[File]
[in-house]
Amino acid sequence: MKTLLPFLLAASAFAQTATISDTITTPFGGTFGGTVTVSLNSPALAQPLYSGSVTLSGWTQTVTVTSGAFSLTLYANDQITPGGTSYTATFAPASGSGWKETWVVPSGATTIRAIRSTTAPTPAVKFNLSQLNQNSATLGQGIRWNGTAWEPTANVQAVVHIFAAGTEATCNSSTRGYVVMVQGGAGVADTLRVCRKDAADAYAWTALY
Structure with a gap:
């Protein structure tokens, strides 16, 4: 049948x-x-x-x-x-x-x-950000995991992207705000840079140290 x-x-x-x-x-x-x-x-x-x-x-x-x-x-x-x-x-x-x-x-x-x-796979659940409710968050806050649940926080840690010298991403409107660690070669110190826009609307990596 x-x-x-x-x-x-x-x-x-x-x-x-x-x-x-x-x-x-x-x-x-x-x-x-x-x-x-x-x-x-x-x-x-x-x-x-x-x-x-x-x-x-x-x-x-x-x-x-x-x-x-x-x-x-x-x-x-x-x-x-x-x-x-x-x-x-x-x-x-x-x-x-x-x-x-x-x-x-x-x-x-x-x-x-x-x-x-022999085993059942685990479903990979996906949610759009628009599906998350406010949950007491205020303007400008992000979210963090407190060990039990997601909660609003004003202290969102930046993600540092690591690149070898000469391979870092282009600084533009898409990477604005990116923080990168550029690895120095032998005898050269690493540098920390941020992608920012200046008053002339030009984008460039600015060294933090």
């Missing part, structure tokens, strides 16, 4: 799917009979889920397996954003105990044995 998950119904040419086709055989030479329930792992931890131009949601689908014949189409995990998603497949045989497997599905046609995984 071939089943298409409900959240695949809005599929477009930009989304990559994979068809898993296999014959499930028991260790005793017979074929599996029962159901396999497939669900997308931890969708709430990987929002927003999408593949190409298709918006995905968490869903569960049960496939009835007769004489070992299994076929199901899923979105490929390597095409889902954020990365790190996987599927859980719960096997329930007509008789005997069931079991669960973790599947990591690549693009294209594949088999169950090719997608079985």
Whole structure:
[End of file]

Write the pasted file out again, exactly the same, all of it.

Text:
[in-house]
Amino acid sequence: MKTLLPFLLAASAFAQTATISDTITTPFGGTFGGTVTVSLNSPALAQPLYSGSVTLSGWTQTVTVTSGAFSLTLYANDQITPGGTSYTATFAPASGSGWKETWVVPSGATTIRAIRSTTAPTPAVKFNLSQLNQNSATLGQGIRWNGTAWEPTANVQAVVHIFAAGTEATCNSSTRGYVVMVQGGAGVADTLRVCRKDAADAYAWTALY
Structure with a gap:
């Protein structure tokens, strides 16, 4: 049948x-x-x-x-x-x-x-950000995991992207705000840079140290 x-x-x-x-x-x-x-x-x-x-x-x-x-x-x-x-x-x-x-x-x-x-796979659940409710968050806050649940926080840690010298991403409107660690070669110190826009609307990596 x-x-x-x-x-x-x-x-x-x-x-x-x-x-x-x-x-x-x-x-x-x-x-x-x-x-x-x-x-x-x-x-x-x-x-x-x-x-x-x-x-x-x-x-x-x-x-x-x-x-x-x-x-x-x-x-x-x-x-x-x-x-x-x-x-x-x-x-x-x-x-x-x-x-x-x-x-x-x-x-x-x-x-x-x-x-x-022999085993059942685990479903990979996906949610759009628009599906998350406010949950007491205020303007400008992000979210963090407190060990039990997601909660609003004003202290969102930046993600540092690591690149070898000469391979870092282009600084533009898409990477604005990116923080990168550029690895120095032998005898050269690493540098920390941020992608920012200046008053002339030009984008460039600015060294933090």
């Missing part, structure tokens, strides 16, 4: 799917009979889920397996954003105990044995 998950119904040419086709055989030479329930792992931890131009949601689908014949189409995990998603497949045989497997599905046609995984 071939089943298409409900959240695949809005599929477009930009989304990559994979068809898993296999014959499930028991260790005793017979074929599996029962159901396999497939669900997308931890969708709430990987929002927003999408593949190409298709918006995905968490869903569960049960496939009835007769004489070992299994076929199901899923979105490929390597095409889902954020990365790190996987599927859980719960096997329930007509008789005997069931079991669960973790599947990591690549693009294209594949088999169950090719997608079985």
Whole structure: